I am not certain yet that I wish to include anything from the mostly spurious work which was at one time, falsely ascribed to Ingulph, Abbot of Croyland.  However I mention it here for completeness.  The source list above was compiled from Thomas Cobbe's "History of the Norman Kings of England" (1869) London: Longmans, Green and Co.  Within his monumental work, Cobbe refers to "Hardy Descr. Cat. E.H." and also "B.H.".  Although he does not state it, as far as I can tell, I take it these refer to "Descriptive Catalog  of Materials Relating to The History of Great Britain and Ireland", by Thomas Duffus Hardy (1862) London: Longman, Green, Longman and Roberts.  Google Books has Volume I, Part I and Part II of this work, but apparently nothing further.  I found Volume II at Gallica, which covers our period and more 1066 - 1200.

In addition to these, Stewart Baldwin mentions:

Peter Stewart, posting to gen-med 2 Oct 2010 cites:
  • 'Historia Gaufredi ducis' by Jean of Marmoutier

And I have included statements from the anonymous continuator of William of Jumieges.



Matilda ("Maud" aka Aethelic) at the death of her father, was the only surviving legitimate child of Henry I, King of England, by his first wife Eadgyth (aka Edith) of Scotland (d. 1118), daughter of Malcolm III (d. 1093) and St. Margaret (d. 1093). (DNB, "Matilda (1080-1118)")  Eadgyth had in childhood taken the veil (become a nun) and had apparently taken the baptismal name "Matilda" which is what both the Laud Chronicle (1100) and William of Malmesbury call her. (Source) She had left her convent to become Henry's wife in 1100, just after he became king, succeeding his dead brother William "Rufus".  When Stephen seized the throne in 1135, this point, that she "forsook her vows in order to marry", would be raised in order to try to show that Matilda their daughter was illegitimate.

Her DNB entry states dramatically that Matilda (Eadgyth) "went straight to Archbishop Anselm and told him her story"; however, William of Malmesbury only states that at the time (in 1100), the point was raised at a synod at Lambeth, but dismissed since "...Matilda, not having voluntarily become a nun, might marry according to the law of God."(Source)  William of Malmesbury further states that at this time witnesses swore that "...she had worn the veil of account of her suitors, but had never made her vow." (Source)  That is, she was trying to avoid being forcibly married, by her father or brothers, to men of little account.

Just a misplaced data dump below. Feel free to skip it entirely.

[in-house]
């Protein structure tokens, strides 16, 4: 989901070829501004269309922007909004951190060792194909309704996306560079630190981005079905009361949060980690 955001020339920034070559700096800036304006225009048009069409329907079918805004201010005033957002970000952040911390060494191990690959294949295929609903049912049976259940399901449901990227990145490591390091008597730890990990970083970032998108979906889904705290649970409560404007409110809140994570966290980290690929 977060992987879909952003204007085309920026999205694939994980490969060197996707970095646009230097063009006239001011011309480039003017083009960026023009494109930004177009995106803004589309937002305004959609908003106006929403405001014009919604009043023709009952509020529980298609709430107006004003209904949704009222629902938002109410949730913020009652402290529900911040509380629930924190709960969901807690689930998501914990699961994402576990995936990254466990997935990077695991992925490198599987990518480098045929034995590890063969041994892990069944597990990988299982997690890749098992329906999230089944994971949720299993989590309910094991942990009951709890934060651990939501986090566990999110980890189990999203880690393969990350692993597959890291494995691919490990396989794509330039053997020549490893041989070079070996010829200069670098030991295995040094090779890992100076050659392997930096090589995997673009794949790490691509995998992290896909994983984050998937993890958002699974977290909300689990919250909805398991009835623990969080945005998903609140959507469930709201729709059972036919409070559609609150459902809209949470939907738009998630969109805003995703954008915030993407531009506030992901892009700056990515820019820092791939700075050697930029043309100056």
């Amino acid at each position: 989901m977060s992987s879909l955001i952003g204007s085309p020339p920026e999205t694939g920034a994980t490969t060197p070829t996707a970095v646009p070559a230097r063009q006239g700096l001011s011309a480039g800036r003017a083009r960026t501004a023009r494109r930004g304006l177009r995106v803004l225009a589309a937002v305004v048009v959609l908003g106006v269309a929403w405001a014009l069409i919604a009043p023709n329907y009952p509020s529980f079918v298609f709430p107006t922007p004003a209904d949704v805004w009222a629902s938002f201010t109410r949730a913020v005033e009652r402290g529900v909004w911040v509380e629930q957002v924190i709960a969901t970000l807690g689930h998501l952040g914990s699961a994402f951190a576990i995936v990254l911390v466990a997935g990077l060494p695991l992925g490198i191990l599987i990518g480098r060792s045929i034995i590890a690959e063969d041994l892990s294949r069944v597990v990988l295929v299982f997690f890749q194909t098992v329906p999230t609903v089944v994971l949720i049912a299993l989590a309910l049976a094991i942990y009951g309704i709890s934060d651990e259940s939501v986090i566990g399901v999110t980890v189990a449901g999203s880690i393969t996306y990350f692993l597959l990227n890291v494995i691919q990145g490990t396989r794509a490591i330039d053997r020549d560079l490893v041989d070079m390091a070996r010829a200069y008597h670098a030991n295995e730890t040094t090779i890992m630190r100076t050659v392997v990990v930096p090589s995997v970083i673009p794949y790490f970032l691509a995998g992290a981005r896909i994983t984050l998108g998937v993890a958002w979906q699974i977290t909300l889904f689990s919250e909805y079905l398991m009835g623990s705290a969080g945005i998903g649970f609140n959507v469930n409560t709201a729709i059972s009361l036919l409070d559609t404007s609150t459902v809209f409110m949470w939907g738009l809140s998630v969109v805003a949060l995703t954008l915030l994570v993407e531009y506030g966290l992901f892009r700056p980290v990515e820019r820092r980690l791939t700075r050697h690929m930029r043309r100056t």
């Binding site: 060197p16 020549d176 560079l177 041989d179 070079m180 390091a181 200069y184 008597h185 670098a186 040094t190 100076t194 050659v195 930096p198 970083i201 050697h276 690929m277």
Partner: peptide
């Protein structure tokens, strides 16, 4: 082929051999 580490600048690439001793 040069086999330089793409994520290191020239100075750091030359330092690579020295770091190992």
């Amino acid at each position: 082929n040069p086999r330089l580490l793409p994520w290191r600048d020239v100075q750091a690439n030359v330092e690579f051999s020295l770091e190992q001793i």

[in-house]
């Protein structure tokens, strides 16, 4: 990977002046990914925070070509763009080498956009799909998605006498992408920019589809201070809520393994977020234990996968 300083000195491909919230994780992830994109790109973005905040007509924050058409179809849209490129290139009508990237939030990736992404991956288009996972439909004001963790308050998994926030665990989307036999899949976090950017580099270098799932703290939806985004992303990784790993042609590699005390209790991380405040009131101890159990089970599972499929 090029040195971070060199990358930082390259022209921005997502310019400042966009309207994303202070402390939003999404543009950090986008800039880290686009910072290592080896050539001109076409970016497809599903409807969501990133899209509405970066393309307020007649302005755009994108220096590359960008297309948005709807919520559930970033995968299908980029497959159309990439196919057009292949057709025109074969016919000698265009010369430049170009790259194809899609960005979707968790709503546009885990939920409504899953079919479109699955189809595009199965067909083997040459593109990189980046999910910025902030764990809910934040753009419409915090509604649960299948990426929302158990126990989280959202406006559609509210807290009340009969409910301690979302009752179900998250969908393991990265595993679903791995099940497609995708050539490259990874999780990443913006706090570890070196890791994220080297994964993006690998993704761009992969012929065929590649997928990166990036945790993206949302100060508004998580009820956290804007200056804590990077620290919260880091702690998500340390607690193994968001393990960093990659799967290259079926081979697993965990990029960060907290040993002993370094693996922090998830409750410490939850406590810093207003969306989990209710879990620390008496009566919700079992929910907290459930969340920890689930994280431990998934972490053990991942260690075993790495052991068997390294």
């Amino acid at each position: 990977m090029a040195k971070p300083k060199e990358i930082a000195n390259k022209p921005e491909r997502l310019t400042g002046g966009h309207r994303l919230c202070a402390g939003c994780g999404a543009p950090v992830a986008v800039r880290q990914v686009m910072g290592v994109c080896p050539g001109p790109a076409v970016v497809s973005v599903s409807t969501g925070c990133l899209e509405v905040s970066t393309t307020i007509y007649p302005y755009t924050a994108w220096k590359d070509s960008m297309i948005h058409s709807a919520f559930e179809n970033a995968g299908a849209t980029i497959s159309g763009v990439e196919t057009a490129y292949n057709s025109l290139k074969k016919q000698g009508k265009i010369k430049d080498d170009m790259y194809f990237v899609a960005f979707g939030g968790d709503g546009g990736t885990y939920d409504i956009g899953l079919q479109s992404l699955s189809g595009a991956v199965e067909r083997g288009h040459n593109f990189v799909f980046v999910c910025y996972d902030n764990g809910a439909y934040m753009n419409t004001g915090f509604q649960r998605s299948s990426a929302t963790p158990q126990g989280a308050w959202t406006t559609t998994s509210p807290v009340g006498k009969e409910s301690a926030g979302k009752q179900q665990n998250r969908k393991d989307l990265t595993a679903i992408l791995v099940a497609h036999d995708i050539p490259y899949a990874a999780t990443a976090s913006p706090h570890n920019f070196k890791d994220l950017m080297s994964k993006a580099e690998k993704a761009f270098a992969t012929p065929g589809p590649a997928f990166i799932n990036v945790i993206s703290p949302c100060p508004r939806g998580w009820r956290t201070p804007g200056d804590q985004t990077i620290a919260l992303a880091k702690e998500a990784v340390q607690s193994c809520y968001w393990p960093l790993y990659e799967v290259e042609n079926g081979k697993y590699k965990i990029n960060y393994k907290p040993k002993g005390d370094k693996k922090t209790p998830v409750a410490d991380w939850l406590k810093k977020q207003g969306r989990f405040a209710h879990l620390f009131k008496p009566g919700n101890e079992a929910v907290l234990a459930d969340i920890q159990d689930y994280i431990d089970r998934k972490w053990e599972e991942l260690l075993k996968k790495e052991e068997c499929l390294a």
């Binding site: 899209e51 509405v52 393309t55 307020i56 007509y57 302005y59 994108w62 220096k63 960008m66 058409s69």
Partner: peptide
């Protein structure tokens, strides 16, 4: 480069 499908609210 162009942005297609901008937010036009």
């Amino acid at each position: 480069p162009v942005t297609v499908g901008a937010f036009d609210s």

Walter Map, writing in the 1180s speaks with disgust at the crowning of Henry I by Gerard, Bishop of Hereford while Henry's elder brother Robert was yet in Jerusalem, to where he had gone on the First Crusade. "In return Gerard was to receive the first archbishopric  that became vacant." ("Calixtus 2, 1119-1124", Mary Stroll, p98)

The Laud Chronicle states that Matilda and Henry married at Westminster on Martinmas 1100.  This is calculated as being 11 Nov 1100.  At this point, her brother Edgar was King of Scotland (until his death in 1107), and would be followed by his next brother Alexander, King of Scotland 1107-1124.  It is said that the people were happy for this union, as any issue of this marriage would be the "rightful" heirs to England, the marriage uniting the new lineage from William the Conqueror, with the older lineage from Edward.

Although Eadgyth "Matilda" was Henry's first wife, he had had at least one earlier mistress, by whom he had a son Robert (d. 1147) for whom he formed the Earldom of Gloucester (in 1119 so Giles citing 'Hardy', or in 1121/2 so CP citing 'Round'), and who will figure highly in the story we now unfold.  Malmesbury informs us that Henry had a great regard for Robert : "on account of his intrepid character and filial obedience."

Matilda (1101-69), Queen of England 1141
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See Also

    On Knol

External Links

    For Matilda, Queen of England

    For her father Henry I

    For her mother Matilda of Scotland

    For her son Henry II